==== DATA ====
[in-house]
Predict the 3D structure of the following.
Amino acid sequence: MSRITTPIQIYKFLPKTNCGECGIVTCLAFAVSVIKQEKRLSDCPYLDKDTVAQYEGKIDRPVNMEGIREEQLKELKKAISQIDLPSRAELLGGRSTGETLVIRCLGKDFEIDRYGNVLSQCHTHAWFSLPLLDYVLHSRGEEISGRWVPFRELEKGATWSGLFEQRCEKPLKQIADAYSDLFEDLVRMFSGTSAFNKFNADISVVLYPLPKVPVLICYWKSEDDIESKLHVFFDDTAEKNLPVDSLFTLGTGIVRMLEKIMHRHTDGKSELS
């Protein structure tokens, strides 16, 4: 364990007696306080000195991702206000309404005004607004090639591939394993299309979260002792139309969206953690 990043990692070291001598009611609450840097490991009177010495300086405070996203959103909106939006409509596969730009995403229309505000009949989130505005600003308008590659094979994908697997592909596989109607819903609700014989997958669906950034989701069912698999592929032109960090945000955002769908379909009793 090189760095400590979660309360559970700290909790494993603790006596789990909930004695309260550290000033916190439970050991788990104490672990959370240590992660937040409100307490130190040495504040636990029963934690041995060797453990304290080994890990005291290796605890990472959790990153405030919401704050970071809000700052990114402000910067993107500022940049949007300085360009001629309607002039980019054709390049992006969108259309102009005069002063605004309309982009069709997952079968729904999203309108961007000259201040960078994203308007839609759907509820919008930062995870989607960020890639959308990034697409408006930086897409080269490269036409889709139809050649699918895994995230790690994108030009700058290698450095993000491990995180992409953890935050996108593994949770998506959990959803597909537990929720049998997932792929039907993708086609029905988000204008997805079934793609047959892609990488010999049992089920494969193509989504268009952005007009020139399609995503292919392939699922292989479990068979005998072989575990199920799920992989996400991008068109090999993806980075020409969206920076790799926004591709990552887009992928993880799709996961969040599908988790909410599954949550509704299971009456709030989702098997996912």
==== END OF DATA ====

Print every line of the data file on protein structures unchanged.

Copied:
[in-house]
Predict the 3D structure of the following.
Amino acid sequence: MSRITTPIQIYKFLPKTNCGECGIVTCLAFAVSVIKQEKRLSDCPYLDKDTVAQYEGKIDRPVNMEGIREEQLKELKKAISQIDLPSRAELLGGRSTGETLVIRCLGKDFEIDRYGNVLSQCHTHAWFSLPLLDYVLHSRGEEISGRWVPFRELEKGATWSGLFEQRCEKPLKQIADAYSDLFEDLVRMFSGTSAFNKFNADISVVLYPLPKVPVLICYWKSEDDIESKLHVFFDDTAEKNLPVDSLFTLGTGIVRMLEKIMHRHTDGKSELS
């Protein structure tokens, strides 16, 4: 364990007696306080000195991702206000309404005004607004090639591939394993299309979260002792139309969206953690 990043990692070291001598009611609450840097490991009177010495300086405070996203959103909106939006409509596969730009995403229309505000009949989130505005600003308008590659094979994908697997592909596989109607819903609700014989997958669906950034989701069912698999592929032109960090945000955002769908379909009793 090189760095400590979660309360559970700290909790494993603790006596789990909930004695309260550290000033916190439970050991788990104490672990959370240590992660937040409100307490130190040495504040636990029963934690041995060797453990304290080994890990005291290796605890990472959790990153405030919401704050970071809000700052990114402000910067993107500022940049949007300085360009001629309607002039980019054709390049992006969108259309102009005069002063605004309309982009069709997952079968729904999203309108961007000259201040960078994203308007839609759907509820919008930062995870989607960020890639959308990034697409408006930086897409080269490269036409889709139809050649699918895994995230790690994108030009700058290698450095993000491990995180992409953890935050996108593994949770998506959990959803597909537990929720049998997932792929039907993708086609029905988000204008997805079934793609047959892609990488010999049992089920494969193509989504268009952005007009020139399609995503292919392939699922292989479990068979005998072989575990199920799920992989996400991008068109090999993806980075020409969206920076790799926004591709990552887009992928993880799709996961969040599908988790909410599954949550509704299971009456709030989702098997996912």